The House of Representatives on Thursday voted in favor of a War Powers resolution meant to limit President Trump’s military action toward Iran following an escalation in tensions between Washington and Tehran.
The resolution passed, 224-194, mostly along party lines, but both parties had some defectors.
“We deserve the respect from the administration and that Congress deserves under the Constitution,” House Speaker Nancy Pelosi, D-Calif., said on the House floor. “The Constitution of the United States calls that there be cooperation when initiating hostilities.”
Also Read: Klobuchar knocks Biden over Iraq War vote
The resolution is non-binding, but is meant to reassert congressional authority and rebuke Trump’s decision to take out Iranian Gen. Qassem Soleimani in a drone strike last Friday while he traveled to an airport in Baghdad, Iraq. Trump did not consult with congressional leaders ahead of the attack that killed the Iranian general and afterward sent Congress a notification explaining the rationale but kept it classified.
The resolution “requires the president to consult with Congress ‘in every possible instance’ before introducing United States Armed Forces into hostilities.”
The measure also handcuffs Trump when it comes to future strikes. The resolution says “Congress has not authorized the president to use military force against Iran.” The measure “directs the president to terminate the use of United States Armed Forces to engage in hostilities in or against Iran or any part of its government or military” unless there is a specific blessing by Congress.
The measure was sponsored by freshman Rep. Elissa Slotkin, D-Mich., who is a former CIA analyst and Pentagon official who served in Iraq.
The resolution was widely panned by Republican lawmakers in the House – who called the measure a political move against the president and accused Democrats of empowering Iran by condemning the White House’s airstrike.
“For the party that claims they care about the Constitution, Democrats might want to brush up on their facts,” House Minority Leader Kevin McCarthy, R-Calif., said. “If they did, they’d realize their actions today are shameful and are embarrassing even by the low standards they set in their impeachment inquiry.”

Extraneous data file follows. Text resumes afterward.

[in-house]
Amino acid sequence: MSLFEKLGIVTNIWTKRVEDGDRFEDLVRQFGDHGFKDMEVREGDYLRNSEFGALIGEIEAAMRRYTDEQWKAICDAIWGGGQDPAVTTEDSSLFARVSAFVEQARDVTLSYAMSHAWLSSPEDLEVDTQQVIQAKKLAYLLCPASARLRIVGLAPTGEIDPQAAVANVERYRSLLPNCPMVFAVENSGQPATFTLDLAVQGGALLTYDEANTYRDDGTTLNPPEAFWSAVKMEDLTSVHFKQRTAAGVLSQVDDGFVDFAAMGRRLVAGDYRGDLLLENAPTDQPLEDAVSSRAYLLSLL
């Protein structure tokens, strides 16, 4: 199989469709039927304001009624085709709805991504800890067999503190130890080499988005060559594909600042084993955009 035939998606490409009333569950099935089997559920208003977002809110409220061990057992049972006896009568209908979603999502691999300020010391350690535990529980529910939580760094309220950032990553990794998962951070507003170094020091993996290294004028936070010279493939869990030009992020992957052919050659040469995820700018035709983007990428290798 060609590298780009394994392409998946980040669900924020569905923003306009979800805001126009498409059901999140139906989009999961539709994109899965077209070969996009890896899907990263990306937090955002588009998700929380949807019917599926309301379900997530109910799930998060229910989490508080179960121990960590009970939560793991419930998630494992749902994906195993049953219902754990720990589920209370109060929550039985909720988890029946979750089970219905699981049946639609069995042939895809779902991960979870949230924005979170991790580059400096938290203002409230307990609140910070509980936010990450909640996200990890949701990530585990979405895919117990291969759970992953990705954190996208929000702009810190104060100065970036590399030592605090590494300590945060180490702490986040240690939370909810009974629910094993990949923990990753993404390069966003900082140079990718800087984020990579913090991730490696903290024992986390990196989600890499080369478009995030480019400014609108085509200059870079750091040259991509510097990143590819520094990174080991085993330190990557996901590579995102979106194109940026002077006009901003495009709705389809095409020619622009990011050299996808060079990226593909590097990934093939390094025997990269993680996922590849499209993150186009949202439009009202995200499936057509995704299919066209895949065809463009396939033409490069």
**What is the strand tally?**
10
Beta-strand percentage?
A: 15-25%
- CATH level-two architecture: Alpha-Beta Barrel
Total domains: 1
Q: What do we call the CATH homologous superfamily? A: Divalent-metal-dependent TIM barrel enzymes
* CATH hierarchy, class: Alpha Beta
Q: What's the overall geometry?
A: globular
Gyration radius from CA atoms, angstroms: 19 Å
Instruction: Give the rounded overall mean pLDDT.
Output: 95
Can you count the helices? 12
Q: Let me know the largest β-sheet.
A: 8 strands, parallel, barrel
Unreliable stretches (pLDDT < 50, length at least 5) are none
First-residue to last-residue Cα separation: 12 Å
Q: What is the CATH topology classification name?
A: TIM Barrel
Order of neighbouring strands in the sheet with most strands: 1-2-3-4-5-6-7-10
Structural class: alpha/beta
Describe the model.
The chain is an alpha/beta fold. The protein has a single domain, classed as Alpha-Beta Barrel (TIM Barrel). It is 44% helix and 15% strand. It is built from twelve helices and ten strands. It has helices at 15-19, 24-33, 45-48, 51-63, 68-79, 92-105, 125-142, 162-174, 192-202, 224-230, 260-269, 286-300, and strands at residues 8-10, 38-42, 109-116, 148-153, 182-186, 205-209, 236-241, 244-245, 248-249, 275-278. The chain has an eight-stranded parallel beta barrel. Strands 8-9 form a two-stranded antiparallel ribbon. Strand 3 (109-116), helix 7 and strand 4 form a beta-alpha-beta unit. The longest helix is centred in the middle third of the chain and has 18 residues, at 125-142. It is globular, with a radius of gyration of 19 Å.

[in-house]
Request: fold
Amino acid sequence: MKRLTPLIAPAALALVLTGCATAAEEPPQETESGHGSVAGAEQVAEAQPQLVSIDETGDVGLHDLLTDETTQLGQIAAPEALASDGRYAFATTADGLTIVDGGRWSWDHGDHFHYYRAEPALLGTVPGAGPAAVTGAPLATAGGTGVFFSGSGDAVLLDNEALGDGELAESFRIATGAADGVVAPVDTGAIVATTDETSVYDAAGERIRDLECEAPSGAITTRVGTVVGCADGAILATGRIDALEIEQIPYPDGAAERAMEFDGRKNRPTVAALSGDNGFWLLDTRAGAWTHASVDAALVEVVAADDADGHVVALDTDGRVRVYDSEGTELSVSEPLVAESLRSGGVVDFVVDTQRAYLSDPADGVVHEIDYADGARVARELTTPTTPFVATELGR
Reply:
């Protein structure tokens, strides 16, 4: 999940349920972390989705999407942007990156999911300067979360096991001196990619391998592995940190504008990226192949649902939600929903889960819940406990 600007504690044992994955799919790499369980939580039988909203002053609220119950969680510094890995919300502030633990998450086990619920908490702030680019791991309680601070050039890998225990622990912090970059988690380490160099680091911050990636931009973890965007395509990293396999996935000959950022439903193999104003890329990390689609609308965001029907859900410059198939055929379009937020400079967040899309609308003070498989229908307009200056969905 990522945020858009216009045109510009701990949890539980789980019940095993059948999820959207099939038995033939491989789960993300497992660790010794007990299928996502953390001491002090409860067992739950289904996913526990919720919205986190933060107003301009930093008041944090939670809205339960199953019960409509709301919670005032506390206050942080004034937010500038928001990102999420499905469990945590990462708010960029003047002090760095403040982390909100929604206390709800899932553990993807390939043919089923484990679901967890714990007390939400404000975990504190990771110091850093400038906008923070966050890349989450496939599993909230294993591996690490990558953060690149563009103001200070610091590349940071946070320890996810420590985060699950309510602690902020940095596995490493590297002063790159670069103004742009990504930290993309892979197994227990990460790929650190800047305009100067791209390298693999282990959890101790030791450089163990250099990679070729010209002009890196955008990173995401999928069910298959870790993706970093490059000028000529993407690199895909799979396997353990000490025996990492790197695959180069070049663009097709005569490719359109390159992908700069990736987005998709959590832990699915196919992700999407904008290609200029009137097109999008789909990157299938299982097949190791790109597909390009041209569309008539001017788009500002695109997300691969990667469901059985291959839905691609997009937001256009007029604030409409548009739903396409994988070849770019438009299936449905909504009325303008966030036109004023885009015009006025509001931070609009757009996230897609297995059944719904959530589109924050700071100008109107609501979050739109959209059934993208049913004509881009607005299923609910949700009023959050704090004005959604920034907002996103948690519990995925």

One notable Republican congressman who didn’t agree with his fellow GOP members was Florida Rep. Matt Gaetz, who argued that Congres ought to have the right to send troops into combat.
“If our servicemembers have the courage to fight and die in these wars, Congress ought to have the courage to vote for or against them,” Gaetz said. “I’m voting for this resolution.”
A similar proposal by Sen. Tim Kaine, D-Va., faces an uphill fight in the GOP-run Senate. Kaine’s efforts received a boost Thursday as Republican Sen. Todd Young of Indiana, an ex-Marine, said he might support the war powers measure. Two other Republican senators said Wednesday they would back the Kaine plan.
“We are members of a separate and distinct branch of government. It is our duty not to take anyone’s word for things as we are dealing with matters of life and death,” Young said, adding that he wished Trump administration officials had provided more intelligence information during a briefing Wednesday on a U.S. drone strike that killed a top Iranian general.
The first War Powers Resolution was passed in 1973 in an effort to prevent presidents from using the military without congressional approval. Since then, questions of presidential compliance have become common, with controversy stemming from President Bill Clinton’s actions in Kosovo and President Barack Obama’s operations in Libya.
Congress has allowed its war powers role to erode since the passage of Authorization for Use of Military Force in 2001 to fight terrorism after the 9/11 attacks, and passage of another AUMF for the invasion of Iraq in 2002.
Trump has slammed the War Powers resolution as “unconstitutional” and called on it to be repealed.
The House vote on Thursday came a day after the Trump administration briefed lawmakers on its actions in Iran. Democrats and several Republicans called the briefings inadequate, adding that officials did not provide enough details about why the attack was justified.
Vice President Mike Pence said Thursday that Soleimani “was traveling the region making plans to bring an attack against American personnel and American forces.” He said it was not possible to share full details of the intelligence with lawmakers.
“When it comes to intelligence we have to protect sources and methods, there’s only certain amount we can share with every member of Congress,” Pence said on ABC’s “Good Morning America.” “But those of us who have seen all the evidence know that there was a compelling case of imminent threat against American personnel.”
Trump said Thursday that he “had calls from numerous senators and numerous congressmen and women saying it was the greatest presentation they’ve ever had.”
Referring to criticism by GOP Sens. Mike Lee and Rand Paul, Trump said, “They want information that honestly I think is very hard to get…It really had to do with sources and information that we had that really should remain at a very high level.”
Lee, a conservative from Utah, said the briefing by Secretary of State Mike Pompeo and other officials was “probably the worst briefing I’ve seen, at least on a military issue,” in the nine years he’s served in the Senate.
The vote also came after Iran retaliated for the Soleimani killing by launching missiles at two military bases in Iraq that house American troops. No casualties were reported.
Fox News’ Alex Pappas, Chad Pergram and The Associated Press contributed to this report.